A small farmhouse marks the spot of a mysterious triple murder in western India's rural flatlands that has sparked protests as far away as New York.
Sanjay Jadhav, his wife Jayashree and their teenage son Sunil were found chopped up and thrown into nearby wells in late October, drawing shivers from some of their fellow Dalits -- those formerly known as "untouchables" in India's rigid caste hierarchy.
They fear that the usually peaceful Javkheda village, where flower-garlanded portraits of the dead family hang on a wall, has become the latest example of deep-rooted prejudice against those at the base of Indian society.
India banned caste discrimination decades ago, but suspicions around the Javkheda killings show the issue remains a toxic and highly sensitive one.
The deaths mark the third high-profile case of Dalit murders in Ahmednagar since early last year, when the body parts of three young male cleaners were found in and near a septic tank.
Several higher-caste men were arrested in that case, believed to have been motivated by an inter-caste love affair, and the matter is still at court.
"Dalits have completely lost faith in the government as well as the police. The question haunting them is: why are Dalits being murdered?" said local activist Baba Rajguru.
Whether the recent Javkheda deaths were in fact caste-related is a matter of speculation -- despite 100-plus police officers working on the case over the past six weeks, the motive is unclear and nobody has been arrested.
Police suggest the culprit probably came from inside the Dalit community, while varying rumours point to an affair with a higher-caste woman, a property dispute or even links to local communist guerrillas.
But the Dalit status of the victims has drawn a stream of Indian politicians, activists and journalists to the village, set amid jowar and cotton crops, where police are keeping watch.
Rallies have been held in Indian cities and on the streets of New York, where a global Dalit group submitted a petition to the United Nations chiding the "clueless" police and calling for Ahmednagar to be declared an "atrocity prone" area, according to reports.
"If it doesn't get solved, the relationship between us and the Dalits is going the get worse," said Javkheda's village chief Uddhav Wagh, himself of the higher Maratha caste, over tea in his spacious home.
Wagh is convinced the murders were not caste-related, and he said such speculation was mainly from outsiders and was fuelling tensions in the community.
He pointed to the lack of any discord during his six decades in the village, where Dalits still tend to live on the outskirts, although he takes a dim view of inter-caste romance among the village youth.
"If such kind of affairs are known about by the parents, they make them understand not to do this," he said.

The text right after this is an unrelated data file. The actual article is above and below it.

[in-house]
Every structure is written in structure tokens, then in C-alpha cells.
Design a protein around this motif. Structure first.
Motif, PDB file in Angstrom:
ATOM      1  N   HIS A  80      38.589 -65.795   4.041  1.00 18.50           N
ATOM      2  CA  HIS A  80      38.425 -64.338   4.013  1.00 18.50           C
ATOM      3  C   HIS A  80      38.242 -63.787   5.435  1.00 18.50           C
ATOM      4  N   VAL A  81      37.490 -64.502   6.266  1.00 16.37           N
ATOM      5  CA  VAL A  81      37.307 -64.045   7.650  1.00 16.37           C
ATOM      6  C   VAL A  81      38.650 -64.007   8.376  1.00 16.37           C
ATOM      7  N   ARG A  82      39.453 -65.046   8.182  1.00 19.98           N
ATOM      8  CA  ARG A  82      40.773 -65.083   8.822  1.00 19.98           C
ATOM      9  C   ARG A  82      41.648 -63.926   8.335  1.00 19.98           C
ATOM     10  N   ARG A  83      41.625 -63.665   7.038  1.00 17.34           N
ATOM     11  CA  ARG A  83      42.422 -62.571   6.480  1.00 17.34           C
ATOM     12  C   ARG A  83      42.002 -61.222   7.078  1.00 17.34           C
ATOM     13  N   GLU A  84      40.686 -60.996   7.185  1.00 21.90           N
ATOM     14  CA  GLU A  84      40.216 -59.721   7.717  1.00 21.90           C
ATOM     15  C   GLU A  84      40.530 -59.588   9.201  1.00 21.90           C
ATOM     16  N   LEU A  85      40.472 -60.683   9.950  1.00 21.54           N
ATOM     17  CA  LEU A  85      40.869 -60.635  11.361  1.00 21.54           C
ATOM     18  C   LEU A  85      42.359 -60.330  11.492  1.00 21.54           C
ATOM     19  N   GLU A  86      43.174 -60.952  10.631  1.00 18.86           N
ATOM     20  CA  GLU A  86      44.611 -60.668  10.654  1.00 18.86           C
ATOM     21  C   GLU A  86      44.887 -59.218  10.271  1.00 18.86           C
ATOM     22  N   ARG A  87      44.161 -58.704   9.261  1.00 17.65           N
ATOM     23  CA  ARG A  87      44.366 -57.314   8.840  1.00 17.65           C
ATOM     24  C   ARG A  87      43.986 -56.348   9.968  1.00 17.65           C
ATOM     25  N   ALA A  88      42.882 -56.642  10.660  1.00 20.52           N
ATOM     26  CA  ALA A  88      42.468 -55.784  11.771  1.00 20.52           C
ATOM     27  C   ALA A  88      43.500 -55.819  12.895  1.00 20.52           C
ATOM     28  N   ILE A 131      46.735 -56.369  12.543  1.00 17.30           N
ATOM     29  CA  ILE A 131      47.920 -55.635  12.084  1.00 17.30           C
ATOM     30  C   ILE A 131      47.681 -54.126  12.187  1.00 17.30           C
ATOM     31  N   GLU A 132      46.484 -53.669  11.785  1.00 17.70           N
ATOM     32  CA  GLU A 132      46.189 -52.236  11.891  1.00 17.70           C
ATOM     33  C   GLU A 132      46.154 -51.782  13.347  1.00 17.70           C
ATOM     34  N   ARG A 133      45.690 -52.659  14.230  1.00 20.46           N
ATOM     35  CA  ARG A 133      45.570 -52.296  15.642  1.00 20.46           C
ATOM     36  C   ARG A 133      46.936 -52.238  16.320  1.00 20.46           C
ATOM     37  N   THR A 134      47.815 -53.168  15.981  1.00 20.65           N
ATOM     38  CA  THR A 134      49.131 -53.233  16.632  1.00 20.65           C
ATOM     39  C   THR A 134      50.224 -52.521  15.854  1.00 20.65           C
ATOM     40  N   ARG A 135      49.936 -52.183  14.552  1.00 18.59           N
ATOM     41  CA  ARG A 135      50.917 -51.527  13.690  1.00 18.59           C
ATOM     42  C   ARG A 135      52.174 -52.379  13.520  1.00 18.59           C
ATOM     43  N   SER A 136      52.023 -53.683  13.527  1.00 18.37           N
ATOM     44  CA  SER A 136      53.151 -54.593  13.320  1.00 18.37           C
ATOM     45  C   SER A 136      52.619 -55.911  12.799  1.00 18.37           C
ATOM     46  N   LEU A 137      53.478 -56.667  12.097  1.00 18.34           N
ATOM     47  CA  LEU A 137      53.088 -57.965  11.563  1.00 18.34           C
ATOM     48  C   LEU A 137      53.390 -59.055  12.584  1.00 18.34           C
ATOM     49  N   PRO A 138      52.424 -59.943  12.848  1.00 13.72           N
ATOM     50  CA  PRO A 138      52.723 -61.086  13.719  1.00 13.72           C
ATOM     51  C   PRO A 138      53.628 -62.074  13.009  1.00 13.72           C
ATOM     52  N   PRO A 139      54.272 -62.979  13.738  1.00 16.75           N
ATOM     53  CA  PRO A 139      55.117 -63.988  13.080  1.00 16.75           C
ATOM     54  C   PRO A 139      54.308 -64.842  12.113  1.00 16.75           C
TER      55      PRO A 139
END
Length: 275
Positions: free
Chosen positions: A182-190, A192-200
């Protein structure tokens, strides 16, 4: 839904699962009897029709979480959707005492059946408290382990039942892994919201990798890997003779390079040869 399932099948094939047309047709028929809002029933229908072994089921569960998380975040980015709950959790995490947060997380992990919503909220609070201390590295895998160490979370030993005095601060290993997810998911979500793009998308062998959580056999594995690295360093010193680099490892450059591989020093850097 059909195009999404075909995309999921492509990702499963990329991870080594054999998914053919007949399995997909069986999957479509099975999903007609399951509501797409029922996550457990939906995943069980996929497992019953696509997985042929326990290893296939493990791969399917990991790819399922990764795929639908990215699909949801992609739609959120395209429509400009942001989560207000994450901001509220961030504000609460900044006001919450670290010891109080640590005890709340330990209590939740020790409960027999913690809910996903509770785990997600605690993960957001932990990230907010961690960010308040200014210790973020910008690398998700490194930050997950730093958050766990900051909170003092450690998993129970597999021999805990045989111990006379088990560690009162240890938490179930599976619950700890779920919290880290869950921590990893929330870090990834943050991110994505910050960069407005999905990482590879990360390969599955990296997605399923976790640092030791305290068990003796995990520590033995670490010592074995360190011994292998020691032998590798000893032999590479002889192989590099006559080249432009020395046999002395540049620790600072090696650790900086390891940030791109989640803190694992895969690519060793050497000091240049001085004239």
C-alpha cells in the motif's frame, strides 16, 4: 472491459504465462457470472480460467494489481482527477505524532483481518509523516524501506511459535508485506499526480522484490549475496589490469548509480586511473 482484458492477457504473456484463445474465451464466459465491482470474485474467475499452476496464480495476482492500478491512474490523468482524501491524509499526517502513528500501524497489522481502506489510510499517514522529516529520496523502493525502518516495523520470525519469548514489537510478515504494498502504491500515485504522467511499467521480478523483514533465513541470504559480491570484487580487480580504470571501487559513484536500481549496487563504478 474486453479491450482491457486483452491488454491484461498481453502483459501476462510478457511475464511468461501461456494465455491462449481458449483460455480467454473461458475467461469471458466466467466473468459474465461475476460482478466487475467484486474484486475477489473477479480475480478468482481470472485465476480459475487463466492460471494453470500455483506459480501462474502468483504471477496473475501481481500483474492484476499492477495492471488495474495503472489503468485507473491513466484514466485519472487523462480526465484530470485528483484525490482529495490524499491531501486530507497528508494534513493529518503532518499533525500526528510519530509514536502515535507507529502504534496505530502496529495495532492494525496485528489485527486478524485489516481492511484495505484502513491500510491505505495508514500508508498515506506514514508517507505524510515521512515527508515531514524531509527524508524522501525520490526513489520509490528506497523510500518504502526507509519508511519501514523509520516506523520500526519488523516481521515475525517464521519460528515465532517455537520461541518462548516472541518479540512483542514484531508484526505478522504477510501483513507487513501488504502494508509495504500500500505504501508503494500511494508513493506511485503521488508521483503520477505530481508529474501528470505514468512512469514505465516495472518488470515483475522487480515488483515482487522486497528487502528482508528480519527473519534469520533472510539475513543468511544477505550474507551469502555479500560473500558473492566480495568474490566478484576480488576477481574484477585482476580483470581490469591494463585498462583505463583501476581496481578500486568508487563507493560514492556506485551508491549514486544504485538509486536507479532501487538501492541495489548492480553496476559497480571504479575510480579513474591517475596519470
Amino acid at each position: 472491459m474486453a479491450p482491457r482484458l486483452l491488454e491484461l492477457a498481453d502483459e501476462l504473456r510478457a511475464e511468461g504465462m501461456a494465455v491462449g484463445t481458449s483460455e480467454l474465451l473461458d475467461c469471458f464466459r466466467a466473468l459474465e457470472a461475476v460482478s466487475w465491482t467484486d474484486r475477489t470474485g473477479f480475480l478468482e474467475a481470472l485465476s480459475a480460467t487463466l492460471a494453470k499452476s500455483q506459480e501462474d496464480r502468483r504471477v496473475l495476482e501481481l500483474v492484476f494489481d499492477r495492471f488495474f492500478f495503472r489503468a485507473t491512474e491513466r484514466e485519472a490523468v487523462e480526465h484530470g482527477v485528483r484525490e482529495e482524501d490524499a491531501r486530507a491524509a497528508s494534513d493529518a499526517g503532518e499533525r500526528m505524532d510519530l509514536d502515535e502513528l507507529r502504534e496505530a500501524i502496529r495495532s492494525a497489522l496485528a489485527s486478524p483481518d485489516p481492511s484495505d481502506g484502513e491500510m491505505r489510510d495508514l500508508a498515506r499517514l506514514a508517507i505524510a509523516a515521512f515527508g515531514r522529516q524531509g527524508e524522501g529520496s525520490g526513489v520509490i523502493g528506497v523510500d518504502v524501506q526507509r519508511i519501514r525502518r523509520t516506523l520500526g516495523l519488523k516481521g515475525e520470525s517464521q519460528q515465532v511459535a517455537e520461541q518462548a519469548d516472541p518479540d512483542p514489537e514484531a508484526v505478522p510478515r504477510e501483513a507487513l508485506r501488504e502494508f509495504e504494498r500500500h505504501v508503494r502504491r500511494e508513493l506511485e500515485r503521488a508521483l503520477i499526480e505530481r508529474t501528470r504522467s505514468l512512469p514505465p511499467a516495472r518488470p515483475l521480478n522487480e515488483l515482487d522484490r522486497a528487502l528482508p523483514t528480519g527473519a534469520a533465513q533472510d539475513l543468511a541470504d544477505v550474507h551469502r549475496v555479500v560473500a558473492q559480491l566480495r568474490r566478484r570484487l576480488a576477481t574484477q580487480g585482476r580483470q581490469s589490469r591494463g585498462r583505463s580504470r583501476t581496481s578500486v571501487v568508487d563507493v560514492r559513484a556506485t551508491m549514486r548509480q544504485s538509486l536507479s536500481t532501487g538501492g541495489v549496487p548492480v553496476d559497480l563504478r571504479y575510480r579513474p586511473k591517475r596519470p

Uneven progress has been made in loosening caste restrictions since India?s independence in 1947. The constitution abolished "untouchability" ? the custom of ostracising low-caste workers because they are seen as "unclean", and who usually do jobs such as rubbish disposal and sewer cleaning.
Now known as Dalits or the "oppressed", the lowest caste has become a potent electoral force, regularly wooed by politicians. Some Ahmednagar residents say this explains the multiple VIP visits to the latest crime scene.
"They are only using this issue as a political tool, and at the ground level no one is interested in creating social harmony," said social worker Girish Kulkarni, who founded a local shelter for prostitutes and their children.
Kulkarni said inter-caste relations had much improved in the area over the years. But stories of inequity still blight parts of rural India.
A Human Rights Watch report in August said low-caste Indians were still routinely forced into manually removing human waste from toilets, despite a law brought in last year to end the "discriminatory practice".
Another teenager to lose his life this year was Nitin Aage, a 17-year-old Dalit in Ahmednagar, who was beaten and strung up from a lime tree. Police said he was attacked after being seen talking to an upper-caste girl.
Sitting on a rug outside their shanty home with a portrait of Nitin, his parents wept as they spoke of the loss of their only son, who they had hoped would go to military college.
"The upper caste people thought there was no point in talking to my son so it was better to kill him, which would also spread terror across our village," said father Rajendra Aage, who crushes stones to make a living.
He said despite a flurry of arrests and interest in the case after the killing in April, some of the accused had since been bailed and legal proceedings had stalled.
Aage now fears for his remaining family's safety, saying he too has received threats after pushing for justice for his son.
"Either the government should give us lifetime police protection, because I can't afford to protect myself, or they should quickly give me a licence to hold a gun."